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I have a list of objects to display to the user. Basically, it is a set of permissions by user. I want to display a table with users as columns and actions as rows. Then the permission would be displayed at the intersection between the user and action.

I am looking for a way to represent this data in a C# data structure. It would allow access using user (string) and action (string), as well as provide a default value for each "cell". Ideally, it would be bound to a Grid Control with automatic column creation.

An array would be great but it only allow integers as indexes. It would also require recreating and copying the array when a new row/column is added.

I thought about creating a Dictionary<String, Dictionary<String, Permission>> object, but it requires a lot of error checking and does not work well with datagrid controls.

Is there an existing (open source?) project for that kind of data structure? Basically, it is just an enhanced version of a "value with two-keys" structure.

Thank you

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I was going to say maybe check here for an idea, but I'm not sure it will fit your purposes since you are using the same type for each key. You will have to disambiguate that via some other mechanism. –  user414076 Jun 3 '11 at 14:04
    
@Anthony Pegram Thank you but in my case, both keys are necessary in order to retrieve a value. –  Johann Blais Jun 3 '11 at 14:13
1  
I understand that need, it's just that the keys sharing a type makes it a bit different. You could very well end up writing a custom collection with methods GetByUser and GetByAction, for example, as using an indexer wouldn't work. –  user414076 Jun 3 '11 at 14:17
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1 Answer

up vote 2 down vote accepted

If you want a data structure that is friendly to grid controls with automatic column generation, then the data structure of choice is a DataTable. A DataTable is like a dynamic two-dimensional array of data organized by rows and columns which is exactly what you want. If fact the columns are indexed by strings, which is also what you want. All we need to do if find a way to address the rows of a DataTable by string and we'll be all set!

Here's an implementation of a PermissionMap which is a DataTable so you can use it with grid controls, but it also has some infrastructure to support indexing by two strings. The exact approach can vary, but the basic idea is to start with a DataTable and then add:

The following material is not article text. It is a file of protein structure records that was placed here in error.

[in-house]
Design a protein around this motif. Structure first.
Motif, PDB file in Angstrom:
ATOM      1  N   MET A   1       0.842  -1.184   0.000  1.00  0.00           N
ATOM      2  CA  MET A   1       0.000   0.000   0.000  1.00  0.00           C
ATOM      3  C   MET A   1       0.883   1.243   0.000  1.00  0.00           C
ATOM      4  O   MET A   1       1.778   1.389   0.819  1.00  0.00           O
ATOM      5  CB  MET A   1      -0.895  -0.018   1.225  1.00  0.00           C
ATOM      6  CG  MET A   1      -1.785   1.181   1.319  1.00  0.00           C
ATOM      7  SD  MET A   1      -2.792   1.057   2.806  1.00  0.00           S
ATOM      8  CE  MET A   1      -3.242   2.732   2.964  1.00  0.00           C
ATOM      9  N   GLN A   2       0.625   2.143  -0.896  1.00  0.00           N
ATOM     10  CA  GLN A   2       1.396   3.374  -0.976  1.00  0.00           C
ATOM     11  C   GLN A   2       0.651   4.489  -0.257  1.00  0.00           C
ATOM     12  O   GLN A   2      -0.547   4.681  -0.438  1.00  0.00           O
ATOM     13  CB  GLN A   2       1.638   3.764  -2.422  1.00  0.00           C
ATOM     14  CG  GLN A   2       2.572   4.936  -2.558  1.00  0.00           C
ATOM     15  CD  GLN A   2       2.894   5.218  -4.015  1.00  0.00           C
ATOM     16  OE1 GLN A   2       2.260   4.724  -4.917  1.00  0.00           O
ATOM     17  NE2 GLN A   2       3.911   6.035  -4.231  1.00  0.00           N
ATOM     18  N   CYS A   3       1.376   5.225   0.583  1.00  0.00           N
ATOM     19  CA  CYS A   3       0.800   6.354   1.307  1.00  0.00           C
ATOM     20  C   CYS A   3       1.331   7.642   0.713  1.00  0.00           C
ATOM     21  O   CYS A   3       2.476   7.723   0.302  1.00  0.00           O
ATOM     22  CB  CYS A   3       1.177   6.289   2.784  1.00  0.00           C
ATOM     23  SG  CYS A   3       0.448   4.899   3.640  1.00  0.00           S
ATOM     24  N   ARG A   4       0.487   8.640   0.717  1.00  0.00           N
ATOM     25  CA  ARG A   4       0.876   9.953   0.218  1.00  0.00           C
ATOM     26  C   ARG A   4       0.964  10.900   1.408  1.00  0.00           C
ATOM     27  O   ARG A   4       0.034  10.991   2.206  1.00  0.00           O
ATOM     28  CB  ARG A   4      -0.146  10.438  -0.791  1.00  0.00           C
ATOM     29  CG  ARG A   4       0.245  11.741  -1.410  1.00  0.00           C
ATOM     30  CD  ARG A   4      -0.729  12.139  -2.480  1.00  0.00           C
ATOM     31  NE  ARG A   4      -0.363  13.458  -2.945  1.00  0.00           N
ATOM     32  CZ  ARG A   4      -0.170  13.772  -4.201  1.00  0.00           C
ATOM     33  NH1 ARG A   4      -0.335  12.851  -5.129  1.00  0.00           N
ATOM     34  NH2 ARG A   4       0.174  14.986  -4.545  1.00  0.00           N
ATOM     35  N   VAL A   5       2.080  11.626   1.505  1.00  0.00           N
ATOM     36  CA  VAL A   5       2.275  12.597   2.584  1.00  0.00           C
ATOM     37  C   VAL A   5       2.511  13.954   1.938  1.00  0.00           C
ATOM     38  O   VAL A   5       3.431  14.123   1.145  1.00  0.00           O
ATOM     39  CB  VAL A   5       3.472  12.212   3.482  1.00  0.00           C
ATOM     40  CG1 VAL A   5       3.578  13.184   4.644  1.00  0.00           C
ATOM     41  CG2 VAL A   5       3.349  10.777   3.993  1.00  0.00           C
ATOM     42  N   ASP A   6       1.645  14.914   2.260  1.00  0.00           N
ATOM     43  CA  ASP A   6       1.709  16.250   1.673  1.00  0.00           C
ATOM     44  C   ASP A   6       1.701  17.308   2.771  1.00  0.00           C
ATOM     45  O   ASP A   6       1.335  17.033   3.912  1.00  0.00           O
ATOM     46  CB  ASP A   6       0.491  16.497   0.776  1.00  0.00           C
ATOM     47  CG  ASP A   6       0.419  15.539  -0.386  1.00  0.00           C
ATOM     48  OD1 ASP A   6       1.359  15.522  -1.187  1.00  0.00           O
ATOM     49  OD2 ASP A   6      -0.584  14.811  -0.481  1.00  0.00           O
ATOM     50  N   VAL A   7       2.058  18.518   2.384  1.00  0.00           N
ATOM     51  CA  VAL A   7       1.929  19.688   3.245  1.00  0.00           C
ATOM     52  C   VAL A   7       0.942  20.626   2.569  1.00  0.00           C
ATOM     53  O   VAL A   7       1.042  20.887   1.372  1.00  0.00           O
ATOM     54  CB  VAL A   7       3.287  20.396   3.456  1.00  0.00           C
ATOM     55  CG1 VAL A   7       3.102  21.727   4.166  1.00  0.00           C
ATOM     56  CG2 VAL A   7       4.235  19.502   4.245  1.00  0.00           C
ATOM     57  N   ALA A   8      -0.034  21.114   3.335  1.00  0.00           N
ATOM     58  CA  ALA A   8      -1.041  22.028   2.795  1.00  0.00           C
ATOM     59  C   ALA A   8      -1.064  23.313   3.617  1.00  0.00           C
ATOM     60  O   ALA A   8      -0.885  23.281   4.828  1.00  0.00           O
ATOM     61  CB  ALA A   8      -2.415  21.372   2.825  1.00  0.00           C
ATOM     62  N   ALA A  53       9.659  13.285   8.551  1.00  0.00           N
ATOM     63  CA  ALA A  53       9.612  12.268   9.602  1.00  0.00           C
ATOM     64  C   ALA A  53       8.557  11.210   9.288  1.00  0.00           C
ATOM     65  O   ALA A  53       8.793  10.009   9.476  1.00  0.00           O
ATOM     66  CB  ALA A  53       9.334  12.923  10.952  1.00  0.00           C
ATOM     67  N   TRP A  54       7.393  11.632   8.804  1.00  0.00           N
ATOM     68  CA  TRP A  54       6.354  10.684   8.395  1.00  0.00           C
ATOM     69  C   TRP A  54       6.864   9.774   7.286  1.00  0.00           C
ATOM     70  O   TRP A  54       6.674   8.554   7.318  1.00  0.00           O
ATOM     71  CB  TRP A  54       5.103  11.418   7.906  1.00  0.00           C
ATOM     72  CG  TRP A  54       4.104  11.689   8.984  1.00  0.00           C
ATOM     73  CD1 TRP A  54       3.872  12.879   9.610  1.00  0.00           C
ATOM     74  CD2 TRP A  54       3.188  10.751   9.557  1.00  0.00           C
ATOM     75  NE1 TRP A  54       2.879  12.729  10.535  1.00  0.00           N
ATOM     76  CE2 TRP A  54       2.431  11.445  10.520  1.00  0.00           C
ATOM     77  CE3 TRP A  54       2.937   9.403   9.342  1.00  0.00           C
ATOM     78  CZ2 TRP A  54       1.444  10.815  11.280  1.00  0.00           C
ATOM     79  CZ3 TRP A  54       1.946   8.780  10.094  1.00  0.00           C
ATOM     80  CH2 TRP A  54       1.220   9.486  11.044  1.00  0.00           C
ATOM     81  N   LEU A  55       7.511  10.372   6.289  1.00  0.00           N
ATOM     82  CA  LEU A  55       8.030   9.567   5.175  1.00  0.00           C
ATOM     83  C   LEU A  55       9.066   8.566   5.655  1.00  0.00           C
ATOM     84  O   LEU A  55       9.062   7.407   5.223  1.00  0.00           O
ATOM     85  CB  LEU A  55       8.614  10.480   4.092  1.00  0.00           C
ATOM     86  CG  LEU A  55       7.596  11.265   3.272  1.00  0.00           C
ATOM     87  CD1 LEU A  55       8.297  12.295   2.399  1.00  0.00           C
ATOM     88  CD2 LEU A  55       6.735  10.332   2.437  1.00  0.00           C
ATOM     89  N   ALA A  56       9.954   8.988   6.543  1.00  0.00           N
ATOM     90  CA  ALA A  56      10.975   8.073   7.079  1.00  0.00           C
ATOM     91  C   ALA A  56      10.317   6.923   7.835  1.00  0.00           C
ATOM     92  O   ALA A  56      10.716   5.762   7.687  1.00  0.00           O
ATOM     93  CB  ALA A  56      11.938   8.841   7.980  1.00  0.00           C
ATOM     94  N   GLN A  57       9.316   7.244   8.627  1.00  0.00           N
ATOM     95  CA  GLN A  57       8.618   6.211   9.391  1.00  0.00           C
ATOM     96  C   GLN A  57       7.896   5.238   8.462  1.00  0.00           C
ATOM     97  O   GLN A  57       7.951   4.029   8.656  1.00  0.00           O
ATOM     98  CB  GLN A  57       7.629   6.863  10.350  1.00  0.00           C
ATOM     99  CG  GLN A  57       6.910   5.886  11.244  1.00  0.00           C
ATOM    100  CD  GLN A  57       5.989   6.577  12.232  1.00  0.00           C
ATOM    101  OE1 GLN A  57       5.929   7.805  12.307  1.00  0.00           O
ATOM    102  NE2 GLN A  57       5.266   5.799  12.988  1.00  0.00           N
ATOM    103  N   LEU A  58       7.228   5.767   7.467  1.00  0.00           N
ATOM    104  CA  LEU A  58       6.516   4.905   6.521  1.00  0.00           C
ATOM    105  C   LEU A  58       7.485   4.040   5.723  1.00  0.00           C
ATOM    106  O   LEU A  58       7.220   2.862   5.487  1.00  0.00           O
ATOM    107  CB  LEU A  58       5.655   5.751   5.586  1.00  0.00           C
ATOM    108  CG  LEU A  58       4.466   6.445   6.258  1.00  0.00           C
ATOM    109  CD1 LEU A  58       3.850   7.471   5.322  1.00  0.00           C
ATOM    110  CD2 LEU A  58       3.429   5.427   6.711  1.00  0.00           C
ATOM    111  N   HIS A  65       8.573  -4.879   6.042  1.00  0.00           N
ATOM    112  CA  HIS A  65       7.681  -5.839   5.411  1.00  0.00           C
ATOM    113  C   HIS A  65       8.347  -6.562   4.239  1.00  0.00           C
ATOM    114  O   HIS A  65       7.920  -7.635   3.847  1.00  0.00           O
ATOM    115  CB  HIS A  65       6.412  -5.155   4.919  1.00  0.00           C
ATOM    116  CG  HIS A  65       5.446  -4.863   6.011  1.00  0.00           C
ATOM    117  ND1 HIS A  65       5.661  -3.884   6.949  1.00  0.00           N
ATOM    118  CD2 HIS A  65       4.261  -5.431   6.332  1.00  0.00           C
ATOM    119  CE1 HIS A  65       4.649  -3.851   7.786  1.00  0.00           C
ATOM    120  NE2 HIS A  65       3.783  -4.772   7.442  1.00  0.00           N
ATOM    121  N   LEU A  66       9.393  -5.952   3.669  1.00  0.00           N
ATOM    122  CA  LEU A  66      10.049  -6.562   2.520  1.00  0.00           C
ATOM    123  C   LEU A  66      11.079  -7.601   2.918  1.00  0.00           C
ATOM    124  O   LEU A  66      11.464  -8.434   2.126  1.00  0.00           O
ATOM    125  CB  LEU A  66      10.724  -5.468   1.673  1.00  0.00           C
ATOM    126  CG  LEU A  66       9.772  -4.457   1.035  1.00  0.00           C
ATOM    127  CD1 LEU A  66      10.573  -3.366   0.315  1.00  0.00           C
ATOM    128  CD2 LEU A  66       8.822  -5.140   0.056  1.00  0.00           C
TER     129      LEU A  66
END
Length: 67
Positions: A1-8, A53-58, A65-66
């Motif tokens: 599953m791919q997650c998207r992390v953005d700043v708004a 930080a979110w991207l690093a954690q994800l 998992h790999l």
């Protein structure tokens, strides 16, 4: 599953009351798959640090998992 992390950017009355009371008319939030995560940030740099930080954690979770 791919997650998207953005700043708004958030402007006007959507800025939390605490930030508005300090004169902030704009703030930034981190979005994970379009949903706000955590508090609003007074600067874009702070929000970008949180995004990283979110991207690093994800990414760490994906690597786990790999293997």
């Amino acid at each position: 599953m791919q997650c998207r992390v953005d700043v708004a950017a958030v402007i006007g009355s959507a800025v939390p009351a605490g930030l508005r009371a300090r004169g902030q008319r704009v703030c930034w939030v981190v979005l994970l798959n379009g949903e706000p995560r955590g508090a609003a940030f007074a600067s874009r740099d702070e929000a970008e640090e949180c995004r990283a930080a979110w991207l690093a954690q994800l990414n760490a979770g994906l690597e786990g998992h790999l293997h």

• A constructor that supplies the user actions
  • An AddUser method to add new users and set the default permissions
  • A two parameter indexer to get and set permissions by user and action

Here's a sample implementation:

public enum Permission
{
    Default = 0,
    Disallow = 0,
    Allow = 1,
}

public class PermissionMap : DataTable
{
    private Dictionary<string, int> actionMap = new Dictionary<string, int>();

    public PermissionMap(IEnumerable<string> actions)
    {
        Columns.Add(new DataColumn("Action"));
        int i = 0;
        foreach (var action in actions)
        {
            actionMap.Add(action, i++);
            var row = NewRow();
            row["Action"] = action;
            Rows.Add(row);
        }
    }

    public void AddUser(string user)
    {
        Columns.Add(new DataColumn(user));
        foreach (DataRow row in Rows)
            row[user] = Permission.Default;
    }

    public Permission this[string user, string action]
    {
        get { return (Permission)Rows[actionMap[action]][user]; }
        set { Rows[actionMap[action]][user] = value; }
    }
}

And here's a little demonstration program:

class Program
{
    static void Main(string[] args)
    {
        var permissionMap = new PermissionMap(new[] { "Read", "Write" });
        permissionMap.AddUser("Bill");
        permissionMap.AddUser("Jane");
        permissionMap["Bill", "Read"] = Permission.Allow;
        permissionMap["Jane", "Write"] = Permission.Allow;
        foreach (DataColumn column in permissionMap.Columns)
        {
            Console.Write(column.ColumnName);
            Console.Write(",");
        }
        Console.WriteLine();
        foreach (DataRow row in permissionMap.Rows)
        {
            foreach (DataColumn column in permissionMap.Columns)
            {
                Console.Write(row[column]);
                Console.Write(",");
            }
            Console.WriteLine();
        }
        Console.ReadKey();
    }
}

which produces this output:

Action,Bill,Jane,
Read,Allow,Disallow,
Write,Disallow,Allow,
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You sir deserve an upvote. Thank you very much ;) –  Johann Blais Jun 5 '11 at 8:00
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